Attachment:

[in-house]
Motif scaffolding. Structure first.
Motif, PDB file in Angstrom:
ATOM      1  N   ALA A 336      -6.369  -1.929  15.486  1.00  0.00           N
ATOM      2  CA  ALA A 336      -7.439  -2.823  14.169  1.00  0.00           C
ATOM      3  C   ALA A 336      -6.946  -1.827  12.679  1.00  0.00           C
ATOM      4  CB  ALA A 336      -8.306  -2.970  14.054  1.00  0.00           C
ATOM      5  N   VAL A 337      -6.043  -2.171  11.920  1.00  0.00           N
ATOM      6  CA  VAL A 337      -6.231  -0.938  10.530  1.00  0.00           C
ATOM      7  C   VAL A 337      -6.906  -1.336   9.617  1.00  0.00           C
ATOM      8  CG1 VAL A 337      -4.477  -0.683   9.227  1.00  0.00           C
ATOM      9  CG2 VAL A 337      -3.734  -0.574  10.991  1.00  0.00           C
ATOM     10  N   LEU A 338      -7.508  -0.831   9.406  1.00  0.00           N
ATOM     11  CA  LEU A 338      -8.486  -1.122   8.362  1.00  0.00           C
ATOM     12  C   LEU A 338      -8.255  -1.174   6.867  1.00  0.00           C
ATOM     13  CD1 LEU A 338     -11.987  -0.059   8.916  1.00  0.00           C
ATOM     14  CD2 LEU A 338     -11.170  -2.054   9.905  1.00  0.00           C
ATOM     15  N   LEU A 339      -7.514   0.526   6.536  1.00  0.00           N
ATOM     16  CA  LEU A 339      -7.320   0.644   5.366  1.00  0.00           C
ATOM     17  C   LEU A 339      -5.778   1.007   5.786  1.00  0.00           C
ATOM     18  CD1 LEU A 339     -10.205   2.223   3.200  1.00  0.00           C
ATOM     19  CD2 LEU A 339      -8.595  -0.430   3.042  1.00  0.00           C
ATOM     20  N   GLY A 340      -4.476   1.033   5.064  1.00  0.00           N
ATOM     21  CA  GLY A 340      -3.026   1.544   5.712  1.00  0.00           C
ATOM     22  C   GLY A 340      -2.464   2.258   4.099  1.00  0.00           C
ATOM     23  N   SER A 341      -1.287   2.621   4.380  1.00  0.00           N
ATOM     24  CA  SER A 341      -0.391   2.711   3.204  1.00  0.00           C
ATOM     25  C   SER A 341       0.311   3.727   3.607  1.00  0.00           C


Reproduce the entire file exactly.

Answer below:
[in-house]
Motif scaffolding. Structure first.
Motif, PDB file in Angstrom:
ATOM      1  N   ALA A 336      -6.369  -1.929  15.486  1.00  0.00           N
ATOM      2  CA  ALA A 336      -7.439  -2.823  14.169  1.00  0.00           C
ATOM      3  C   ALA A 336      -6.946  -1.827  12.679  1.00  0.00           C
ATOM      4  CB  ALA A 336      -8.306  -2.970  14.054  1.00  0.00           C
ATOM      5  N   VAL A 337      -6.043  -2.171  11.920  1.00  0.00           N
ATOM      6  CA  VAL A 337      -6.231  -0.938  10.530  1.00  0.00           C
ATOM      7  C   VAL A 337      -6.906  -1.336   9.617  1.00  0.00           C
ATOM      8  CG1 VAL A 337      -4.477  -0.683   9.227  1.00  0.00           C
ATOM      9  CG2 VAL A 337      -3.734  -0.574  10.991  1.00  0.00           C
ATOM     10  N   LEU A 338      -7.508  -0.831   9.406  1.00  0.00           N
ATOM     11  CA  LEU A 338      -8.486  -1.122   8.362  1.00  0.00           C
ATOM     12  C   LEU A 338      -8.255  -1.174   6.867  1.00  0.00           C
ATOM     13  CD1 LEU A 338     -11.987  -0.059   8.916  1.00  0.00           C
ATOM     14  CD2 LEU A 338     -11.170  -2.054   9.905  1.00  0.00           C
ATOM     15  N   LEU A 339      -7.514   0.526   6.536  1.00  0.00           N
ATOM     16  CA  LEU A 339      -7.320   0.644   5.366  1.00  0.00           C
ATOM     17  C   LEU A 339      -5.778   1.007   5.786  1.00  0.00           C
ATOM     18  CD1 LEU A 339     -10.205   2.223   3.200  1.00  0.00           C
ATOM     19  CD2 LEU A 339      -8.595  -0.430   3.042  1.00  0.00           C
ATOM     20  N   GLY A 340      -4.476   1.033   5.064  1.00  0.00           N
ATOM     21  CA  GLY A 340      -3.026   1.544   5.712  1.00  0.00           C
ATOM     22  C   GLY A 340      -2.464   2.258   4.099  1.00  0.00           C
ATOM     23  N   SER A 341      -1.287   2.621   4.380  1.00  0.00           N
ATOM     24  CA  SER A 341      -0.391   2.711   3.204  1.00  0.00           C
ATOM     25  C   SER A 341       0.311   3.727   3.607  1.00  0.00           C